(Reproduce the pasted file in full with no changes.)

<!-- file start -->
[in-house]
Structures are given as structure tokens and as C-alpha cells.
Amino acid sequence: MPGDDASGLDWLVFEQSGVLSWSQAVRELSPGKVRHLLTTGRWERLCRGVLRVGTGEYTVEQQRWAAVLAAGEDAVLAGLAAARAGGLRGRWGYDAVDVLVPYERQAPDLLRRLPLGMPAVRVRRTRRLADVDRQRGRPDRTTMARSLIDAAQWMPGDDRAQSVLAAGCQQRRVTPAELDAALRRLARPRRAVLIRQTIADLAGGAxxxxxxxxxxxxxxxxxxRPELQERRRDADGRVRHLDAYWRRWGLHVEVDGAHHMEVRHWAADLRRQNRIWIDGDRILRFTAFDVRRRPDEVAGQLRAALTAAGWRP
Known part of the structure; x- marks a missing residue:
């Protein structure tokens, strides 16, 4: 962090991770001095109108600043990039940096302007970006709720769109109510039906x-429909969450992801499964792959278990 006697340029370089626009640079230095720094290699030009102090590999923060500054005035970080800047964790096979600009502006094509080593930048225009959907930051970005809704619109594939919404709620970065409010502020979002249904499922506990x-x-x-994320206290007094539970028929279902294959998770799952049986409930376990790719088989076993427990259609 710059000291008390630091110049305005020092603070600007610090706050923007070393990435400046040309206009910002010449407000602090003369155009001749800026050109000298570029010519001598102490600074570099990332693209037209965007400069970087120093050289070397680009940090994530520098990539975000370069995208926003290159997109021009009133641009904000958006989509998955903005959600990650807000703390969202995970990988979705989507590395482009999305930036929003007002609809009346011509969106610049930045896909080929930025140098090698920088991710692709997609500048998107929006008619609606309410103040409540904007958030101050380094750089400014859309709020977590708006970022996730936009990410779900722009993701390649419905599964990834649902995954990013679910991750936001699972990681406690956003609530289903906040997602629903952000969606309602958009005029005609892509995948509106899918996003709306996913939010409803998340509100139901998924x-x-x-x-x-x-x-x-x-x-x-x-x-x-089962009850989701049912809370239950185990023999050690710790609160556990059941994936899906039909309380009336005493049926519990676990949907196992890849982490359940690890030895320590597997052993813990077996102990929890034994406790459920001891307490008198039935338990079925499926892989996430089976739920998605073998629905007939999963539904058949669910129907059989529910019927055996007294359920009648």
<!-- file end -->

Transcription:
[in-house]
Structures are given as structure tokens and as C-alpha cells.
Amino acid sequence: MPGDDASGLDWLVFEQSGVLSWSQAVRELSPGKVRHLLTTGRWERLCRGVLRVGTGEYTVEQQRWAAVLAAGEDAVLAGLAAARAGGLRGRWGYDAVDVLVPYERQAPDLLRRLPLGMPAVRVRRTRRLADVDRQRGRPDRTTMARSLIDAAQWMPGDDRAQSVLAAGCQQRRVTPAELDAALRRLARPRRAVLIRQTIADLAGGAxxxxxxxxxxxxxxxxxxRPELQERRRDADGRVRHLDAYWRRWGLHVEVDGAHHMEVRHWAADLRRQNRIWIDGDRILRFTAFDVRRRPDEVAGQLRAALTAAGWRP
Known part of the structure; x- marks a missing residue:
């Protein structure tokens, strides 16, 4: 962090991770001095109108600043990039940096302007970006709720769109109510039906x-429909969450992801499964792959278990 006697340029370089626009640079230095720094290699030009102090590999923060500054005035970080800047964790096979600009502006094509080593930048225009959907930051970005809704619109594939919404709620970065409010502020979002249904499922506990x-x-x-994320206290007094539970028929279902294959998770799952049986409930376990790719088989076993427990259609 710059000291008390630091110049305005020092603070600007610090706050923007070393990435400046040309206009910002010449407000602090003369155009001749800026050109000298570029010519001598102490600074570099990332693209037209965007400069970087120093050289070397680009940090994530520098990539975000370069995208926003290159997109021009009133641009904000958006989509998955903005959600990650807000703390969202995970990988979705989507590395482009999305930036929003007002609809009346011509969106610049930045896909080929930025140098090698920088991710692709997609500048998107929006008619609606309410103040409540904007958030101050380094750089400014859309709020977590708006970022996730936009990410779900722009993701390649419905599964990834649902995954990013679910991750936001699972990681406690956003609530289903906040997602629903952000969606309602958009005029005609892509995948509106899918996003709306996913939010409803998340509100139901998924x-x-x-x-x-x-x-x-x-x-x-x-x-x-089962009850989701049912809370239950185990023999050690710790609160556990059941994936899906039909309380009336005493049926519990676990949907196992890849982490359940690890030895320590597997052993813990077996102990929890034994406790459920001891307490008198039935338990079925499926892989996430089976739920998605073998629905007939999963539904058949669910129907059989529910019927055996007294359920009648």